I was in a meeting with a director friend of mine over another documentary project he asked me to help him write. I accepted the job because, unlike my current documentary that I’m working on now, the load is lighter and I’ll mostly be doing post work. I don’t have to be at the shoot and I just have to help structure and write voice-overs.
It’s not easy work, all writing is challenging, but it’s a good learning opportunity for me and will give me a second documentary to put in my filmography. He’s even lined up screenings already abroad in the United States and in the United Kingdom, so it will be helpful for me to get my name out there.
Again, it’s great for my resume and it’s a chance for me to learn the ropes in making documentaries. This will be good for me.
While we were talking, he asked me what my rate would be to write a script for an indie film he found a producer for and I gave him my price. He was shocked at the rate I gave him but it was in line with what other people said the going rate would be. He had thought that it was much smaller.
I explained to him the economics of a screenwriter’s job.
He told me that when another friend of ours found out we working on a documentary together, he said my friend asked, “How could you afford Wanggo with your budget?”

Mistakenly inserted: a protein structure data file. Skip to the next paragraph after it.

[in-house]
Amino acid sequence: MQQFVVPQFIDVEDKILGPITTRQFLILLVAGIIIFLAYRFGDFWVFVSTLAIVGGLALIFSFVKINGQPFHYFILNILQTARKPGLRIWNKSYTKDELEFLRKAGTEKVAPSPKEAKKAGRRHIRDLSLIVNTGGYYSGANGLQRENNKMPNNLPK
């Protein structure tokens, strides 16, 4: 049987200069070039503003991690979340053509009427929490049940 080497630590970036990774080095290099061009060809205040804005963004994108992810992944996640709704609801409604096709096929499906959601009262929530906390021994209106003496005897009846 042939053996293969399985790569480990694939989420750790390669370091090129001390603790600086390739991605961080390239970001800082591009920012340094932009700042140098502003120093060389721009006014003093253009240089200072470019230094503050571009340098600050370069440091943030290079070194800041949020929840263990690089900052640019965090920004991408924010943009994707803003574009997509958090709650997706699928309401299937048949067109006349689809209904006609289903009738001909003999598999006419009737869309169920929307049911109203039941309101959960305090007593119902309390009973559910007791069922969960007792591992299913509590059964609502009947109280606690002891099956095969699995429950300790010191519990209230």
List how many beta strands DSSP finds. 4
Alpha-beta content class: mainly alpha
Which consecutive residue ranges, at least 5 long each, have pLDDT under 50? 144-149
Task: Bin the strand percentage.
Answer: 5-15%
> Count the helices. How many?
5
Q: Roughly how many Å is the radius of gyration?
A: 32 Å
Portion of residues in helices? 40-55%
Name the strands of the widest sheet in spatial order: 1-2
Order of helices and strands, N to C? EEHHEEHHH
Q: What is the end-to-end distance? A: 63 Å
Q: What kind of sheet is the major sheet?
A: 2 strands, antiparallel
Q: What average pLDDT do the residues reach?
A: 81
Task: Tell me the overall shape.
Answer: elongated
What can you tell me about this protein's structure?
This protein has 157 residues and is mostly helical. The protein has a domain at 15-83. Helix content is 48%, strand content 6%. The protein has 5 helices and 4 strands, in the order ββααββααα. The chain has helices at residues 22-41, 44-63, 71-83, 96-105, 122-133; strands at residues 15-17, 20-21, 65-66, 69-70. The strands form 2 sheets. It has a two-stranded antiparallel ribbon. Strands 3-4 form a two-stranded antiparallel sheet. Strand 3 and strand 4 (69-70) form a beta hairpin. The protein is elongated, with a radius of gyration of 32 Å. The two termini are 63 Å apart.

I was surprised by that story. I thought I had always under charged for my services. It’s a low self-esteem thing. I always think that I’m not good enough as all my contemporaries and I have quite a bit of demands (like my seven hours sleep requirement, the fact that I write in English and need help in translating my work to Filipino, etc) and a filmography that isn’t as extensive as other writers.
I didn’t think I was expensive. And when I found out that my quoted rate is equivalent to the lower ranges of what other industry professionals told my friend, I felt that I was one of the cheaper writers out there.
But you know what? I’m glad people think I’m expensive. I still get work. I still get a lot of work. And people still negotiate my price and I’m open to lowering it for the right client or collaborator. But I think it’s a good thing that people don’t think I’m cheap. It means when people come up to me, they are willing to pay good money for my services or they really believe in the project and think their project is worth asking me to lower my price for.
And if the project is good and meaningful, why not?
I’m good. I’m not the best but I work hard and I have my strengths and my unique point-of-view. I have something to offer and I’m glad people don’t think it comes cheap. The image of my price should keep the people who aren’t serious about the work or the work that we could probably do together away.
I still get work. And what I do is not easy. I want to get paid what I’m worth and as much as I was surprised by this story, it pushes me to fight for my worth.